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Wichita not good for small business

Post by Voice For Liberty. The Wichita Business Journal reports today: When it comes to having good conditions to support small businesses, well, Wichita isn’t exactly at the top of the list, according to a new ranking from The Business Journals. In fact, the Wichita metro area’s small-business vitality score is nearly at the bottom -- 99th out of the 101 U.S. metro areas included in the study. (Wichita near bottom for small-business vitality score, April 2, 2014) Many in Wichita don't want to recognize and confront the bad news about the performance of the Wichita-area economy. Last year, when…
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For Wichita’s economic development machinery, failure

Compared to a broad group of peer metropolitan areas, Wichita performs very poorly. As Wichita embarks upon a new era of economic development, we need to ask who to trust with this important task. The good news: In a recent op-ed, Wichita Mayor Carl Brewer wrote that the city needs to make a decision regarding "A more aggressive approach to job creation." (Carl Brewer: Wichita can have a great next year, December 22, 2013 Wichita Eagle) The bad news: Wichita has performed very poorly in job creation in recent decades, and even if we decide on a more aggressive approach,…
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Wichita’s policymaking on display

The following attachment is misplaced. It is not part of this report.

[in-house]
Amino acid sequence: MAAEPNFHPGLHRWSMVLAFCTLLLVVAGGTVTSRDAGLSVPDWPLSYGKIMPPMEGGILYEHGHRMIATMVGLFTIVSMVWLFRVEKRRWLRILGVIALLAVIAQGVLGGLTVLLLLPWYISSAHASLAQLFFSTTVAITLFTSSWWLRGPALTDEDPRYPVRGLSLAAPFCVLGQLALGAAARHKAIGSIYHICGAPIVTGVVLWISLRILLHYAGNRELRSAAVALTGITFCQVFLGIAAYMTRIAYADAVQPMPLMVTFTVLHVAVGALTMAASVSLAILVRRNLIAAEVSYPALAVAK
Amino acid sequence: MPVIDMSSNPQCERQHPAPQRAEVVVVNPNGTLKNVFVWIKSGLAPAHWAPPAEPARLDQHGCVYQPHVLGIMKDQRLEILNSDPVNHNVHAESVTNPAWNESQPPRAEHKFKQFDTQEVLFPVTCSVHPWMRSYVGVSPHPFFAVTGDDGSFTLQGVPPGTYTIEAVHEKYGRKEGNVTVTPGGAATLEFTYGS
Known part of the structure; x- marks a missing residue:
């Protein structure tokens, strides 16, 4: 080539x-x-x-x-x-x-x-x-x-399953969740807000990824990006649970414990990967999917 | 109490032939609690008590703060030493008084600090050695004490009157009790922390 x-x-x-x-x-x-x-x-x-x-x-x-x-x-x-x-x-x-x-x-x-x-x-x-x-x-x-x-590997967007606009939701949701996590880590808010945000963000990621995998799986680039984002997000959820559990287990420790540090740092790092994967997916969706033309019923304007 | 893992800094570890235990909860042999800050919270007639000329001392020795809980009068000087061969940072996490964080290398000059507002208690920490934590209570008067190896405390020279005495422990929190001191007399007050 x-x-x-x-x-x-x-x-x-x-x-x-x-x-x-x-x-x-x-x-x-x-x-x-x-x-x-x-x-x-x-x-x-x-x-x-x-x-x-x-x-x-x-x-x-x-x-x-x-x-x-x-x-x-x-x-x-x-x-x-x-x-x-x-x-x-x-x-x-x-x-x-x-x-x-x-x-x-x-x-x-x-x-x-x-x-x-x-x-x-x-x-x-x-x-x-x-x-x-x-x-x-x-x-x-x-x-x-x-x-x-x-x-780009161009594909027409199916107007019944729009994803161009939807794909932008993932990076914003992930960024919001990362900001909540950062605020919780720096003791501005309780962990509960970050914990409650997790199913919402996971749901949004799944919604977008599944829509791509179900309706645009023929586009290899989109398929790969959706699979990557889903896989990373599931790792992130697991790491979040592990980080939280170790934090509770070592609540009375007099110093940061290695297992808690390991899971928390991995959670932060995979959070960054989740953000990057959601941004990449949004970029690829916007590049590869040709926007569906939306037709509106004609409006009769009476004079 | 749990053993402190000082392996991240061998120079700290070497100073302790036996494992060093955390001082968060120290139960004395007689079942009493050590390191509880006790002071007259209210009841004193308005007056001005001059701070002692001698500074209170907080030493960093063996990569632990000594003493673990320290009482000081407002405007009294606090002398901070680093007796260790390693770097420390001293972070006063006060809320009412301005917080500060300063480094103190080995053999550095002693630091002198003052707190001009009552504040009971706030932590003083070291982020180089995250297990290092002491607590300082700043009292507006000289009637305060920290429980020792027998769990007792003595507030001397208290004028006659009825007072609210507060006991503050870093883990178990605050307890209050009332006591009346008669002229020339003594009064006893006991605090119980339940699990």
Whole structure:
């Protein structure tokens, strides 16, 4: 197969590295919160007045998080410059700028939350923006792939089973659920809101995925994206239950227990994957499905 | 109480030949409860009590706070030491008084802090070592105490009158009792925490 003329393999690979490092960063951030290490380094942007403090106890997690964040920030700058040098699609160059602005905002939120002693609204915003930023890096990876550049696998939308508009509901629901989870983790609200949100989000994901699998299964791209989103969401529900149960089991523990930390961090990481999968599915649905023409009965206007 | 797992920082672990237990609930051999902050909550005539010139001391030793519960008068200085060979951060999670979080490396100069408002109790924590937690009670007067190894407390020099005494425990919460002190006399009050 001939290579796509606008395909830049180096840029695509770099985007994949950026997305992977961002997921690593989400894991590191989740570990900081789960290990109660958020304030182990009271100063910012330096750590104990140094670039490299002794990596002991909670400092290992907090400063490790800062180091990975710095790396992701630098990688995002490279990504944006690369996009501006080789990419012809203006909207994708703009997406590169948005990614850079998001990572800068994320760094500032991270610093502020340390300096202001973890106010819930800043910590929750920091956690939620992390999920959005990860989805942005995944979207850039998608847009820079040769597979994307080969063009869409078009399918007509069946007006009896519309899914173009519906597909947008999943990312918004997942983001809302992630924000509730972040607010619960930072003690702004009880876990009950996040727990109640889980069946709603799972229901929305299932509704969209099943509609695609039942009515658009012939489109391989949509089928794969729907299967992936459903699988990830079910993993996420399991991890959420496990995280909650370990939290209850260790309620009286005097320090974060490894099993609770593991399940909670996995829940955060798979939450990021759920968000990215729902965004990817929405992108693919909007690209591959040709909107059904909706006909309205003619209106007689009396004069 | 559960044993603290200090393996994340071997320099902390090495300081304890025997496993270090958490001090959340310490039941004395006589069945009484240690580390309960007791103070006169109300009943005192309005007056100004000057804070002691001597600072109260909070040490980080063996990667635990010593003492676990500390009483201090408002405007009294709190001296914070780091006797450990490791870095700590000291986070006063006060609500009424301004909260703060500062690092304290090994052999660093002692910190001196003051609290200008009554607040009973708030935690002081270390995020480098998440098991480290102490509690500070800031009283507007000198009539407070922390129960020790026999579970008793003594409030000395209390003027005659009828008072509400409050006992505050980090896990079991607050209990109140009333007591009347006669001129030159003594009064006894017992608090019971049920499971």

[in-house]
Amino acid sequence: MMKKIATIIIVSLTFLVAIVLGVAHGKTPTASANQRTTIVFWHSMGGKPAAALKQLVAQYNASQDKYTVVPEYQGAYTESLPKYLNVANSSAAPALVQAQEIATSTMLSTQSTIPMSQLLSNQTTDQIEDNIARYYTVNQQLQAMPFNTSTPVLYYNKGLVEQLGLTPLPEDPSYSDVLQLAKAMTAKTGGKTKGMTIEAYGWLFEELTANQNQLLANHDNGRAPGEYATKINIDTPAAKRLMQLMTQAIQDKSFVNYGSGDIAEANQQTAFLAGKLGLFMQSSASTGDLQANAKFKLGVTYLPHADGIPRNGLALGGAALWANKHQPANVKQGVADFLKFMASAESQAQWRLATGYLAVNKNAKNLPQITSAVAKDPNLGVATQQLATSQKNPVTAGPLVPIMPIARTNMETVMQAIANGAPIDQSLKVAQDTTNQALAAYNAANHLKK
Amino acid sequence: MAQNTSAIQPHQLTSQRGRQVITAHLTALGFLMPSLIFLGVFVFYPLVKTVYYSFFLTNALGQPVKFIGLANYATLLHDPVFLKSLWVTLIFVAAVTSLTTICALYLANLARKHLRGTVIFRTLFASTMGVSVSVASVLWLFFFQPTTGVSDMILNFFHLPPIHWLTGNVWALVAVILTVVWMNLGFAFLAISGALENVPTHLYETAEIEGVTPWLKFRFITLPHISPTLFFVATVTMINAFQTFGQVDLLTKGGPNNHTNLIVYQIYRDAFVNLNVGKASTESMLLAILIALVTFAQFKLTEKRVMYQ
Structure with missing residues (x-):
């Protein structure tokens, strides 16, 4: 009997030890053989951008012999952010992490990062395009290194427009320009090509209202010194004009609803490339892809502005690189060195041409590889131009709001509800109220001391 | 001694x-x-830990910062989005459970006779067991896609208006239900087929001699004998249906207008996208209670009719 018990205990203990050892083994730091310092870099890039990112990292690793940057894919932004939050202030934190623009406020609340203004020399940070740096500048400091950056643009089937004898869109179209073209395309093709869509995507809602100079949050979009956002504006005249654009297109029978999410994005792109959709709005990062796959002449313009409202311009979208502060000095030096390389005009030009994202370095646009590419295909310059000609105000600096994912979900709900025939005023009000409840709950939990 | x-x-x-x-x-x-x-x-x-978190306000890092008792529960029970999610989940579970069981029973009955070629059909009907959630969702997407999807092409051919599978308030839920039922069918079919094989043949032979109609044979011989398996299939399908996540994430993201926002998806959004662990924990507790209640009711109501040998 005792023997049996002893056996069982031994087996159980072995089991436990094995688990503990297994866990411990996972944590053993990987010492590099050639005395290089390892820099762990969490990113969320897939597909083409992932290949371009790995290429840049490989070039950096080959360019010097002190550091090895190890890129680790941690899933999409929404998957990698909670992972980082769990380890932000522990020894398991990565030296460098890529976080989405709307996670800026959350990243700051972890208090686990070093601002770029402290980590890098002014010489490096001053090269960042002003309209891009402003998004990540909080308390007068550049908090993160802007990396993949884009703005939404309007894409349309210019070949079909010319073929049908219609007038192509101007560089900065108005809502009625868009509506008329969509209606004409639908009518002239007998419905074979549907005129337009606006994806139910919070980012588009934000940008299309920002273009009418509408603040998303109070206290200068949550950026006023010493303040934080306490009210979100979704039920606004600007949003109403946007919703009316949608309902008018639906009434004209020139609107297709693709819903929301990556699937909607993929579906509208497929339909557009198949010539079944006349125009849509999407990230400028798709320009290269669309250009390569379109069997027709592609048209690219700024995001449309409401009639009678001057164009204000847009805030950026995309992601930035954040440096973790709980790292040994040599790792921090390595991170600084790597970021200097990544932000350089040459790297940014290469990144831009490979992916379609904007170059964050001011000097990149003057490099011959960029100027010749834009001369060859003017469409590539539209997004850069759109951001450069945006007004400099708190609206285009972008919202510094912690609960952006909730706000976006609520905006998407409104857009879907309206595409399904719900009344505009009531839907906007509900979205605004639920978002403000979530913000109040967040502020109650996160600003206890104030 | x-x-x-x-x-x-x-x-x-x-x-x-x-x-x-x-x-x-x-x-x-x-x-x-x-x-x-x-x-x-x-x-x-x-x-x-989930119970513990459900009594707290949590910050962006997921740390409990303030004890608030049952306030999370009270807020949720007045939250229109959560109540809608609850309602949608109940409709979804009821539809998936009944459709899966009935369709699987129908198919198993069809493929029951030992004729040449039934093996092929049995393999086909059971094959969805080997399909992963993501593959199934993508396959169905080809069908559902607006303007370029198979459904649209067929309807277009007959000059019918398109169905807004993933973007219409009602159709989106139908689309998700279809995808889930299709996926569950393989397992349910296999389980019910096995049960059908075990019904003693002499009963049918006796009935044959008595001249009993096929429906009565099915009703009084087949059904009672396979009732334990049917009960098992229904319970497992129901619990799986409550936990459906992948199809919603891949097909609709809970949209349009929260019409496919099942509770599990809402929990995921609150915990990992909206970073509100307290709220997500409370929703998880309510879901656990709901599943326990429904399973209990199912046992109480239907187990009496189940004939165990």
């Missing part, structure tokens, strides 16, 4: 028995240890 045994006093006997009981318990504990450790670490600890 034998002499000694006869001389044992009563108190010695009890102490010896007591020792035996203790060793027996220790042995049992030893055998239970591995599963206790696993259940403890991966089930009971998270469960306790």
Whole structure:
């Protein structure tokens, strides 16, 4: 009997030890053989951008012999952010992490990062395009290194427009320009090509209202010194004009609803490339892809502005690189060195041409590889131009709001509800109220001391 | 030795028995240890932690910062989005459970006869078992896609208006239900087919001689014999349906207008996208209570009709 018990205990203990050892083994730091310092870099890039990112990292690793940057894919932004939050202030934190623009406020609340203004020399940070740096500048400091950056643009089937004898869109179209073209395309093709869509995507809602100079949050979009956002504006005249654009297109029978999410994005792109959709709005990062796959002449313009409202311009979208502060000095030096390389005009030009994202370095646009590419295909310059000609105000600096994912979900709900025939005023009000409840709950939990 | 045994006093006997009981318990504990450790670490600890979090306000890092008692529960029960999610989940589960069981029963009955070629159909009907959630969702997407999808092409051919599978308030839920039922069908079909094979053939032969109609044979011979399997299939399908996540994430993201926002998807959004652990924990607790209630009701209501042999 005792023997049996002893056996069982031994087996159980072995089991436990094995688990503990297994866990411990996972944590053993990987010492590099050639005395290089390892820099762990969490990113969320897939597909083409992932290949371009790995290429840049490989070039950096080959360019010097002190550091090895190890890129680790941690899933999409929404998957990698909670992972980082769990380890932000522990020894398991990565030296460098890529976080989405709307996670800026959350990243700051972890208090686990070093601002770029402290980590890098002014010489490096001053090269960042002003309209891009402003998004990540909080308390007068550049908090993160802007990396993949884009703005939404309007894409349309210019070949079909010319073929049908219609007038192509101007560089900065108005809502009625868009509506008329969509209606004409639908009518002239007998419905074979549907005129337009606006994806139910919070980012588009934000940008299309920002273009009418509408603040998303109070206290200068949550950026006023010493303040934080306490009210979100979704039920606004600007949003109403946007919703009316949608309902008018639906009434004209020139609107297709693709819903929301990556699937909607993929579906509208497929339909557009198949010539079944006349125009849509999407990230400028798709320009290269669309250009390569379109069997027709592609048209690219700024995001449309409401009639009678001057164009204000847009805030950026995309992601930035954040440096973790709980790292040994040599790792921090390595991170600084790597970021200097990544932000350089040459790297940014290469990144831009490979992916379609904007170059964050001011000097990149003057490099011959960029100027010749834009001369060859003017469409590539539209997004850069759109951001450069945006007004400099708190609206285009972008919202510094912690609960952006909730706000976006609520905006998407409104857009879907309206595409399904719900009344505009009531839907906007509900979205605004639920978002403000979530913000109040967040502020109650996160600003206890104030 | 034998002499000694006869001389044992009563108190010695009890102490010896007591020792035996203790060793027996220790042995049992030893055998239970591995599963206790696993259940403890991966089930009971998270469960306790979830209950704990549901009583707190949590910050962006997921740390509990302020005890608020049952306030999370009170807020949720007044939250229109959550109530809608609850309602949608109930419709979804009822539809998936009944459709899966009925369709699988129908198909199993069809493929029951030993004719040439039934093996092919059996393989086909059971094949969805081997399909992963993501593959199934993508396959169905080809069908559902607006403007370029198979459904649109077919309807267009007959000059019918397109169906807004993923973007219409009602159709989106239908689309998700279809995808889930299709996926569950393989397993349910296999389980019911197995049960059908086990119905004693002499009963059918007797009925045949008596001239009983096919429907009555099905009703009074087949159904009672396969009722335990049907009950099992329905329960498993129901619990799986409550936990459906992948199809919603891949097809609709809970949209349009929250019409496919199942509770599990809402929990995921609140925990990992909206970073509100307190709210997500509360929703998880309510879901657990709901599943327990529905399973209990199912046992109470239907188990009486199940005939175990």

When asked to provide documents that establish the city's proclaimed policy, Wichita city hall is not able to do so, leaving us to wonder just how policy is made. At an April meeting of the Wichita City Council, both Urban Development Director Allen Bell and Wichita city manager Robert Layton explained that for downtown projects, the city's policy that the debt service fund must show a cost-benefit ratio of 1.3 to one or better doesn't apply. (Video of Bell explaining this policy is here, and of Layton doing the same, here. Meeting minutes are here.) More about this policy is…
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Wichita economic development not being managed

The Wichita Eagle has reported that Wichita has increased its granting of property tax exemptions in recent years. (Wichita doubles property tax exemptions for businesses, October 20, 2013) Buried in the story is the really important aspect of public policy. In his reporting, Bill Wilson wrote: The Eagle asked the city last week for an accounting of the jobs created over the past decade by the tax abatements, a research project that urban development staffers have yet to complete. “It will take us some time to pull together all the agenda reports on the five-year reviews going back to 2003.…
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Wichita: No such document